Diabetes Epidemic
Photo Credit: PhotoMIX Ltd. from Pexels

#cgm4all is SA’s first campaign, led by SA Diabetes Advocacy to get medical aids in South Africa to start funding a life-changing technology.

 

South Africa (03 July 2020) – Living with Type 1 diabetes is intense. It’s a constant balancing act between high and low blood sugar, using insulin injections and blood sugar testing to do the work of a pancreas that no longer works. But in the last few years, diabetes tech has changed many people’s lives, with the arrival of the Continuous Glucose Monitor (CGM). These small devices are inserted in the skin and worn 24 hours a day. They provide continuous blood sugar readings without the need to prick a finger.

#cgm4all is South Africa’s first Type 1 diabetes advocacy campaign, led by SA Diabetes Advocacy: a social media campaign to get medical aids in South Africa to start funding this life-changing technology.

The #cgm4all campaign

“Diabetes is a difficult condition to manage that requires 24/7 care 365 days of the year,” explains Kirsten De Klerk from Bete It, one of SA Diabetes Advocacy’s members. “In the past, you had to urinate on a testing strip to see your sugar level. Technology progressed to the finger prick blood test method and has now progressed exponentially. We want South Africa to catch up.”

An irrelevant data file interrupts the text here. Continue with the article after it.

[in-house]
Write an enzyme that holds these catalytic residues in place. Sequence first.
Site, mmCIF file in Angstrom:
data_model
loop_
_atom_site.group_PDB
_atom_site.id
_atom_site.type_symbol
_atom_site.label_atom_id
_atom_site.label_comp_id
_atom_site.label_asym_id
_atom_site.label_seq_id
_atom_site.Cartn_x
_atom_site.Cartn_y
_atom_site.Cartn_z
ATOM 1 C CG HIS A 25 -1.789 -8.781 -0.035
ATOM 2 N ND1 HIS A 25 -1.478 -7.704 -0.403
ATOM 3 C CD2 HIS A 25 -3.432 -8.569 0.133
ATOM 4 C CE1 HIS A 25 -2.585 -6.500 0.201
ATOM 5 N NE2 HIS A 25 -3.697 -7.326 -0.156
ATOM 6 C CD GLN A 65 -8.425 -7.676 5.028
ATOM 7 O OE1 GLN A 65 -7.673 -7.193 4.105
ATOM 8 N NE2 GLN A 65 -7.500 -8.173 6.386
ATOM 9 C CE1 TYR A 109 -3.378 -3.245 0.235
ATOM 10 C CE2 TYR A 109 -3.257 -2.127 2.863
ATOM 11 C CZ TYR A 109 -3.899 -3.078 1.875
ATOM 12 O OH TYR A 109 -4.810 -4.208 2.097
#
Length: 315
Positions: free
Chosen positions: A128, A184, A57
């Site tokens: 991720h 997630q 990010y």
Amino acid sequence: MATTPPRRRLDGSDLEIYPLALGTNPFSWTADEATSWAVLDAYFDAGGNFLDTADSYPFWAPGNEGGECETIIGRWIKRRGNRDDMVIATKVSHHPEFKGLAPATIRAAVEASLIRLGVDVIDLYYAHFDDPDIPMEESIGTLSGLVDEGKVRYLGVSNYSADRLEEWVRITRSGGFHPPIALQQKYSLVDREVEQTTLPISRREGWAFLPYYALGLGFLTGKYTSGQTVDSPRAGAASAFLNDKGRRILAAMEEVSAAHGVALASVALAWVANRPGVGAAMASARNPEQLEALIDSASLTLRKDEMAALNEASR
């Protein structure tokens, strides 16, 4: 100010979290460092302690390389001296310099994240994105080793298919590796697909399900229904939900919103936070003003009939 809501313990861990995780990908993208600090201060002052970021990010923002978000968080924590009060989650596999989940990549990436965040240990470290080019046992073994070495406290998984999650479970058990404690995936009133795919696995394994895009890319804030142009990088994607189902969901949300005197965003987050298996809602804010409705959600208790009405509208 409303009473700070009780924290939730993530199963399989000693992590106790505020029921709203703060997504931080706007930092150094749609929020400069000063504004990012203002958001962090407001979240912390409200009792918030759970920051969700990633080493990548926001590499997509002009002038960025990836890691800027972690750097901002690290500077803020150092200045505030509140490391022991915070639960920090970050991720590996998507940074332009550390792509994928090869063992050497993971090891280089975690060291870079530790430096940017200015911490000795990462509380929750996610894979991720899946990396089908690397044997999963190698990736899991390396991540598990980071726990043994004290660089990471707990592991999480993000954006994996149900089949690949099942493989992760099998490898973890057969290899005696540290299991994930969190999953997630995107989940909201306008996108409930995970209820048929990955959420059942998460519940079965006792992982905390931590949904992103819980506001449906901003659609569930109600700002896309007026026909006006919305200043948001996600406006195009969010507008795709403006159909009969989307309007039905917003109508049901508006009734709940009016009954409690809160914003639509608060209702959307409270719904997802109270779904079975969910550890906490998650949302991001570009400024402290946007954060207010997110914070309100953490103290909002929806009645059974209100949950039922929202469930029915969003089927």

For those lucky enough to be on medical aids, people with diabetes are provided with a max of 150 strips a month – which allows for 5 blood sugar checks a day. What’s happening with your blood sugar in between those 5 points is a guessing game. CGMs offer continuous data throughout the day – and night – that give people with diabetes access to data that explains how their blood sugar reacts to different foods, exercise, stress, weather, hormones. It takes the guessing game out of daily life.

“With this constant data, people with diabetes are able to make better-informed decisions,” explains Kirsten. “They have the ability to actively improve their diabetes management, and avoid emergencies by correcting their sugar highs and lows before they become dangerous. This ultimately reduces the risk of the long-term complications like blindness, kidney failure and leg amputation.”

Type 1 diabetes advocacy

While 90% of people with diabetes in South Africa have Type 2 diabetes, Type 1 is the focus of this campaign because CGM tech is a game-changer for those who are insulin-dependent (who need to inject every day to stay alive). Bete It is a South African NPO aiming to build a national community to support and empower Type 1 diabetics.

“Our main focus is to create a platform for advocacy, awareness and education,” says Kirsten. Their work is supported by SA Diabetes Advocacy, an alliance of all the South African diabetes patient organisations.

“We want every insulin-dependent diabetic to live a less limited lifestyle,” says Kirsten. “We’ve seen the impact that CGMs have had on the diabetes community worldwide and we want South African diabetics to be afforded the opportunity of a better life with diabetes.”

A voice for diabetes